This morning The Independent newspaper carried the sorry tale of how The Marjan Centre’s plan to bring over a gallant gorilla expert, John Kahekwa, to collect an award was felled by the invisible hand of the UK Border Agency who delayed the visa process so much that John missed the plane.
Here is the link to the Independent story under the headline ‘betrayal’.
Last Monday the Marjan Centre hosted a ceremony for the Marjan-Marsh Award: this was not only the first time that the Marjan Centre had teamed up with the Marsh Christian Trust but is the only award that acknowledges significant contributions by a conservationist in areas with conflict.
Furthermore the Marsh Christian Trust asks that the person should be an ‘unsung hero’ in being relatively unknown and therefore deserving wider recognition: John Kahekwa of the POPOF organisation in the Democratic Republic of the Congo (DRC) was selected for his work both in saving the heavily endangered Eastern Lowland Gorilla but also helping to rebuild his community around Bukavu.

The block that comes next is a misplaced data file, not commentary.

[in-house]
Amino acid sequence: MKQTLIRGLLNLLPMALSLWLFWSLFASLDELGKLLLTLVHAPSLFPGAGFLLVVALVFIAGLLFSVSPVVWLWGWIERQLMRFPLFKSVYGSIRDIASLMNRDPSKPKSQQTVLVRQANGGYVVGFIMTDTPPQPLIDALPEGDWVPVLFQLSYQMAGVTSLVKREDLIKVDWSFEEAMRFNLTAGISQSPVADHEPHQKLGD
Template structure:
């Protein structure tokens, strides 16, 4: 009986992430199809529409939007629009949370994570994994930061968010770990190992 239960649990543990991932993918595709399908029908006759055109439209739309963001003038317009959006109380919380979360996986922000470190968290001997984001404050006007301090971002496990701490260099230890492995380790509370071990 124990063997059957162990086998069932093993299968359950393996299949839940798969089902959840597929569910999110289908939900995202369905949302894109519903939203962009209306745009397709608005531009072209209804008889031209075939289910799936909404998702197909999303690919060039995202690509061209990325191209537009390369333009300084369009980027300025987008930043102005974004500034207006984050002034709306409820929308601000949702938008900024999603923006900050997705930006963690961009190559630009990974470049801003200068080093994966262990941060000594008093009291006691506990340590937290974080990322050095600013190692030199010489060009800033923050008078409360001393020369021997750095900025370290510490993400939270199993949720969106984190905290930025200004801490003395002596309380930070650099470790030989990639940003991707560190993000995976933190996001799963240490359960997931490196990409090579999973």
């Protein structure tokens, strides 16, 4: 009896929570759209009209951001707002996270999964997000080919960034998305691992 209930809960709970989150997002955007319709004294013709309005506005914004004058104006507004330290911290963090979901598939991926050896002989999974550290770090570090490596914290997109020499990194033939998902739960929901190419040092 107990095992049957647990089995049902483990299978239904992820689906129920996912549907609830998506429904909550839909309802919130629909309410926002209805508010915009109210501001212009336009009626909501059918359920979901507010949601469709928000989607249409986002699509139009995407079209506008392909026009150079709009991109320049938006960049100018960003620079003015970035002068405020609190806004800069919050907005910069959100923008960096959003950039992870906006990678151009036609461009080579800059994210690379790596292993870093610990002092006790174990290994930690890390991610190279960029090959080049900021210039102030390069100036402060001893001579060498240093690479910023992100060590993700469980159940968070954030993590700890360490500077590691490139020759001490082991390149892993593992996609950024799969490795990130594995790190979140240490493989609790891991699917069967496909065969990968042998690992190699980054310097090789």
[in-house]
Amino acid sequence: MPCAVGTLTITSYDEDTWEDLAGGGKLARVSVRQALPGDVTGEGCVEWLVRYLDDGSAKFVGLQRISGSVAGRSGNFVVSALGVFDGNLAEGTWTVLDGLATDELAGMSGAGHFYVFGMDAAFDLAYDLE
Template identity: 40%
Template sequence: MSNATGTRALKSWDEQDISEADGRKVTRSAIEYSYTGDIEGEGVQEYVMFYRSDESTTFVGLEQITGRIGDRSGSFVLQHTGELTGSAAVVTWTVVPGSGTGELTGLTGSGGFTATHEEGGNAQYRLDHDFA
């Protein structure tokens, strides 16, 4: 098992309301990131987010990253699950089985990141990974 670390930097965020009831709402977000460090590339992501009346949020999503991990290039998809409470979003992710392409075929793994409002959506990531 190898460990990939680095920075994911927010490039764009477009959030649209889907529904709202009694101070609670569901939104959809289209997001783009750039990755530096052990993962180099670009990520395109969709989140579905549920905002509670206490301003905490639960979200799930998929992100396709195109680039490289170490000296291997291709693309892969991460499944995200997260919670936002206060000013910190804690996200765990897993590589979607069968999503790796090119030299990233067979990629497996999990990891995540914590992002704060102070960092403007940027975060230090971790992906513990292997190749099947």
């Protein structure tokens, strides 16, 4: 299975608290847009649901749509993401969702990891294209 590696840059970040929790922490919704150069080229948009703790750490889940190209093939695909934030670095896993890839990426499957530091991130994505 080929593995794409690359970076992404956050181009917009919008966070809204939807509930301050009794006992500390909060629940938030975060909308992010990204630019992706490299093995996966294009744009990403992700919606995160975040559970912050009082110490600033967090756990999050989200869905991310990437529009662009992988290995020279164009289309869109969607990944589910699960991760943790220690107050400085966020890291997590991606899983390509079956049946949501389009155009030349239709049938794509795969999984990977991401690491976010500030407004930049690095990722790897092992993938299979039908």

There are two wider issues to emerge from the story, one relating to conservation and the other security. In the first case small conservation bodies rely on trips abroad as a vital part of their fund-raising strategy, and if this is stifled then their operations are put under threat. After all these are the people who are working on our behalf to protect global ecology.
Regarding security, a fortress approach that has no proper flexibility to take into account all the circumstances of a case, especially someone with a good cause, will breed both resentment and hostility in both Britain and abroad, with the results we are all sadly too aware of. In the case of the DRC, with Africa on the rise, Britain needs to win friends and influence, not helped by the UK Border Agency.
Jasper Humphreys, The Marjan Centre.